Make us your home page
Instagram

Today’s top headlines delivered to you daily.

(View our Privacy Policy)

Parishioner shocked by electioneering from the pulpit

WIMAUMA — After the praise songs and prayer, Pastor Arlen Beck approached the pulpit last Sunday to deliver a sermon titled Wake Up.

He quoted Bible verses and talked about well-known pastors. Everything was fine, churchgoer Brenda Fuqua said, until he brought up the Nov. 2 elections.

A lot of people had been asking him whom he planned to vote for, said Beck, pastor of Sun City Christian Center. So he wrote a list with the candidates' names, all of them Republicans. The printouts were available at the back of the room, he said.

"If you're conservative you might want to pick one of those up. If you're liberal you might not want to stop by there," Fuqua remembers Beck saying.

She was horrified. Fuqua, 66, didn't want to make a scene by walking out, but said she was shocked when about 50 people stood up and clapped after Beck said that green initiatives and global warming are part of a pagan movement.

"I couldn't believe this was going on in a country where we have separation of church and state," she said. "I will not be back at this church."

Tax law expert Ellen Aprill, a professor at Loyola Law School in Los Angeles, said she believes Beck violated federal law by supporting specific candidates in an official capacity.

Pastors are allowed to express their political views, but not as a leader of a religious organization, she said. And they can't make partisan comments in a church publication or at church functions, Internal Revenue Service guidelines state.

"Someone asked me to sum up the rules, and I came up with: issues good, people bad," Aprill said. "Nobody says pastors should stop talking about issues that are important for their faith. They just shouldn't name names."

Beck doesn't care. He said if the IRS wants to take away his church's tax-exempt status, it can.

"I am a little agitated because of where we are as a society," he said.

He also believes the separation of church and state is being violated — but in the opposite direction.

"The state's sticking their nose in my business, when they believe there should be separation of church and state," he said.

Aprill said she doubts the IRS will take away the church's tax-exempt status. That happens infrequently, she said.

Washington Law School professor Andy Pike said the IRS is not very aggressive when it comes to investigating reports like these.

Still, Fuqua, a Kentucky native who comes down to Florida each winter with her husband, said she plans to report Beck to the IRS.

She's a retired social studies teacher and a registered Democrat, but she said the problem isn't that her pastor is conservative. She said she would be upset even if he endorsed Democratic candidates.

"I just never think that should be preached from the pulpit of a church," she said.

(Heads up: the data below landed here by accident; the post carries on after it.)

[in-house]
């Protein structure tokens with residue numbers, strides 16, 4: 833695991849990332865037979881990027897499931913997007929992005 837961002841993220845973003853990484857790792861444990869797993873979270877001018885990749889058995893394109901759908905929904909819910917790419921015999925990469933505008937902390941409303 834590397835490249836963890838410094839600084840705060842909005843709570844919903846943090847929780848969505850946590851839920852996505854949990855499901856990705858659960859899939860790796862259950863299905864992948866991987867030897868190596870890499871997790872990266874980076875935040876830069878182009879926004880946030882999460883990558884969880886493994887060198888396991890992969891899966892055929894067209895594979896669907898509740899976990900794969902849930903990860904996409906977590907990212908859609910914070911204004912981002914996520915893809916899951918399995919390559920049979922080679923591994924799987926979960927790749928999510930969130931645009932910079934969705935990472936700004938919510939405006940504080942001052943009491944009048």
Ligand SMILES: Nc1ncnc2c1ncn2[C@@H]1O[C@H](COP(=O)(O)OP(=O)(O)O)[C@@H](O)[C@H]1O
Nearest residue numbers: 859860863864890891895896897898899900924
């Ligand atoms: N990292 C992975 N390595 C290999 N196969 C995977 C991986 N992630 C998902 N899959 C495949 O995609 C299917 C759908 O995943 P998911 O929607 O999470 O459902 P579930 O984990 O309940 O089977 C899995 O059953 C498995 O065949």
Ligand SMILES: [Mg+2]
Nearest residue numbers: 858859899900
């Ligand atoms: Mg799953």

Jessica Vander Velde can be reached at jvandervelde@sptimes.com or (813) 226-3433.

Parishioner shocked by electioneering from the pulpit 10/26/10 [Last modified: Wednesday, October 27, 2010 12:01am]
Photo reprints | Article reprints

© 2017 Tampa Bay Times

    

Join the discussion: Click to view comments, add yours

Loading...
  1. Trump sprinkles political attacks into Scout Jamboree speech

    GLEN JEAN, W.Va. — Ahead of President Donald Trump's appearance Monday at the National Scout Jamboree in West Virginia, the troops were offered some advice on the gathering's official blog: Fully hydrate. Be "courteous" and "kind." And avoid the kind of divisive chants heard during the 2016 campaign such as "build …

    President Donald Trump addresses the Boy Scouts of America's 2017 National Scout Jamboree at the Summit Bechtel National Scout Reserve in Glen Jean, W.Va., July 24, 2017. [New York Times]
  2. Trump, seething about attorney general, speculates about firing Sessions, sources say

    WASHINGTON — President Donald Trump has spoken with advisers about firing Attorney General Jeff Sessions, as he continues to rage against Sessions' decision to recuse himself from all matters related to the Russia investigation.

  3. John McCain to return to Senate for health care vote

    WASHINGTON — The Senate plans to vote Tuesday to try to advance a sweeping rewrite of the nation's health-care laws with the last-minute arrival of Sen. John McCain — but tough talk from President Donald Trump won no new public support from skeptical GOP senators for the flagging effort that all but …

  4. Last orca calf born in captivity at a SeaWorld park dies

    Tourism

    ORLANDO — The last killer whale born in captivity under SeaWorld's former orca-breeding program died Monday at the company's San Antonio, Texas, park, SeaWorld said.

    Thet orca Takara helps guide her newborn, Kyara, to the water's surface at SeaWorld San Antonio in San Antonio, Texas, in April. Kyara was the final killer whale born under SeaWorld's former orca-breeding program. The Orlando-based company says 3-month-old Kyara died Monday. [Chris Gotshall/SeaWorld Parks & Entertainment via AP]
  5. Blake Snell steps up, but Rays lose to Orioles anyway (w/video)

    The Heater

    ST. PETERSBURG — Blake Snell stepped up when he had to Monday and delivered an impressive career-high seven-plus innings for the Rays. That it wasn't enough in what ended up a 5-0 loss to the Orioles that was their season-high fifth straight is symptomatic of the mess they are in right now.

    Tim Beckham stands hands on hips after being doubled off first.